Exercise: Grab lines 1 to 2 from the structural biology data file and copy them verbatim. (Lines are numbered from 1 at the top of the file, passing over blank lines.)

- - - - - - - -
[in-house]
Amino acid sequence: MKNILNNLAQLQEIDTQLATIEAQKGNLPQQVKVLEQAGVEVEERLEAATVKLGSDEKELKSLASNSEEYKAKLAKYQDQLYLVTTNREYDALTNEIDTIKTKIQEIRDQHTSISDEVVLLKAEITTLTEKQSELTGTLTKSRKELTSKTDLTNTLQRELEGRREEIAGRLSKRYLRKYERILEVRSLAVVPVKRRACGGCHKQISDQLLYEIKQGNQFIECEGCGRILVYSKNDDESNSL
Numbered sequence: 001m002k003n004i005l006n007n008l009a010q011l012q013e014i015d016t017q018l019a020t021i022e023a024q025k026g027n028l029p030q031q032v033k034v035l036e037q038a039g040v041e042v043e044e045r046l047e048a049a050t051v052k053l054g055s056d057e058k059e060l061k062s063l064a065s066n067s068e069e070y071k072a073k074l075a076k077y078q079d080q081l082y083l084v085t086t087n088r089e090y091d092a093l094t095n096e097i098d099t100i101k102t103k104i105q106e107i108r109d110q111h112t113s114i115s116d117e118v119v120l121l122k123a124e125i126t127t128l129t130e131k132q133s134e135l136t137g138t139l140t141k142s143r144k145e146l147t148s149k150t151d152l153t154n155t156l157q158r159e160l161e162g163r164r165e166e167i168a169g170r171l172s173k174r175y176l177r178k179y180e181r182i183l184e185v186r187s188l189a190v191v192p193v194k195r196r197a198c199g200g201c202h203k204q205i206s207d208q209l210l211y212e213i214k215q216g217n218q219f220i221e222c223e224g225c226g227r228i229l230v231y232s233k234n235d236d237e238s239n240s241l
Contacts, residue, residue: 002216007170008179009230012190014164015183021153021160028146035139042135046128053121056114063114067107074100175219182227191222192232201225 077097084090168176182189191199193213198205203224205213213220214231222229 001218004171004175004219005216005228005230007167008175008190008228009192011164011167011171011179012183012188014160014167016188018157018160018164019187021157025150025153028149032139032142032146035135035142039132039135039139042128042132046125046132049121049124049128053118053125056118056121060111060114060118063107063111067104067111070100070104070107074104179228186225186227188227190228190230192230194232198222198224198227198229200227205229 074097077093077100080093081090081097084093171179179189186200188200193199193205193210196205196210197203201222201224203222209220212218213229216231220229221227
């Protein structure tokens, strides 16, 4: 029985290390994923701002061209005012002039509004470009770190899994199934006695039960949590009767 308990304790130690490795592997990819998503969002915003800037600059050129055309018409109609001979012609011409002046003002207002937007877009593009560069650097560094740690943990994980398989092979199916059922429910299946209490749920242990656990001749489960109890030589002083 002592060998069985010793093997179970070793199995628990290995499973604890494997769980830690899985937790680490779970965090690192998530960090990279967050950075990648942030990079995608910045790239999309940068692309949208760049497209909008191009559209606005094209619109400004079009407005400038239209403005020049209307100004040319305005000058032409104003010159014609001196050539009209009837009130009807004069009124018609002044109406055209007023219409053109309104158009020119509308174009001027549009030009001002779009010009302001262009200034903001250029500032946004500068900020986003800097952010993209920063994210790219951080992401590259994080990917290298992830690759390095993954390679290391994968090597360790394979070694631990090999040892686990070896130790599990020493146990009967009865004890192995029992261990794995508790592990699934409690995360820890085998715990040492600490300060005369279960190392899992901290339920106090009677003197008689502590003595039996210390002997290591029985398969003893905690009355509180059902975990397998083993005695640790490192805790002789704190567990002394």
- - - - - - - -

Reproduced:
[in-house]
Amino acid sequence: MKNILNNLAQLQEIDTQLATIEAQKGNLPQQVKVLEQAGVEVEERLEAATVKLGSDEKELKSLASNSEEYKAKLAKYQDQLYLVTTNREYDALTNEIDTIKTKIQEIRDQHTSISDEVVLLKAEITTLTEKQSELTGTLTKSRKELTSKTDLTNTLQRELEGRREEIAGRLSKRYLRKYERILEVRSLAVVPVKRRACGGCHKQISDQLLYEIKQGNQFIECEGCGRILVYSKNDDESNSL